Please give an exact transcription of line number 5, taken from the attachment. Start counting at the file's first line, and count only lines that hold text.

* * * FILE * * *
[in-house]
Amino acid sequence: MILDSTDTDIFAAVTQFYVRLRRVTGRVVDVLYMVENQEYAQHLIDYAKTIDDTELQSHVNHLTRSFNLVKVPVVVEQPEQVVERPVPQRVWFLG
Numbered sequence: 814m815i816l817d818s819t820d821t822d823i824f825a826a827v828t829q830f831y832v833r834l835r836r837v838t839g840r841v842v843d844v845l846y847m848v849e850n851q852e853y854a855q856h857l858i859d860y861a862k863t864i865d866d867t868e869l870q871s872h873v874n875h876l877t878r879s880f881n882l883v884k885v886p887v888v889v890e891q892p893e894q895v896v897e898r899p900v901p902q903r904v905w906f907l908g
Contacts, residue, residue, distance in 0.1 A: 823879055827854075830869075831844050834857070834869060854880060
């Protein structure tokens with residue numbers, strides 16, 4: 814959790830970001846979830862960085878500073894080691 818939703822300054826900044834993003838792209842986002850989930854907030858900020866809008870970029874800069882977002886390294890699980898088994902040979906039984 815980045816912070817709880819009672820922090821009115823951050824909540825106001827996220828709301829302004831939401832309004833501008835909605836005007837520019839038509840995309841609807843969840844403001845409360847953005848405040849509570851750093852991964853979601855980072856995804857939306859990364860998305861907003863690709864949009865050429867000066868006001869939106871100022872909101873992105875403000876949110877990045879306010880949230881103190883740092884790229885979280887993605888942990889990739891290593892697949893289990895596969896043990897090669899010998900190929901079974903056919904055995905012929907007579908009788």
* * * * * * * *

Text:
């Protein structure tokens with residue numbers, strides 16, 4: 814959790830970001846979830862960085878500073894080691 818939703822300054826900044834993003838792209842986002850989930854907030858900020866809008870970029874800069882977002886390294890699980898088994902040979906039984 815980045816912070817709880819009672820922090821009115823951050824909540825106001827996220828709301829302004831939401832309004833501008835909605836005007837520019839038509840995309841609807843969840844403001845409360847953005848405040849509570851750093852991964853979601855980072856995804857939306859990364860998305861907003863690709864949009865050429867000066868006001869939106871100022872909101873992105875403000876949110877990045879306010880949230881103190883740092884790229885979280887993605888942990889990739891290593892697949893289990895596969896043990897090669899010998900190929901079974903056919904055995905012929907007579908009788």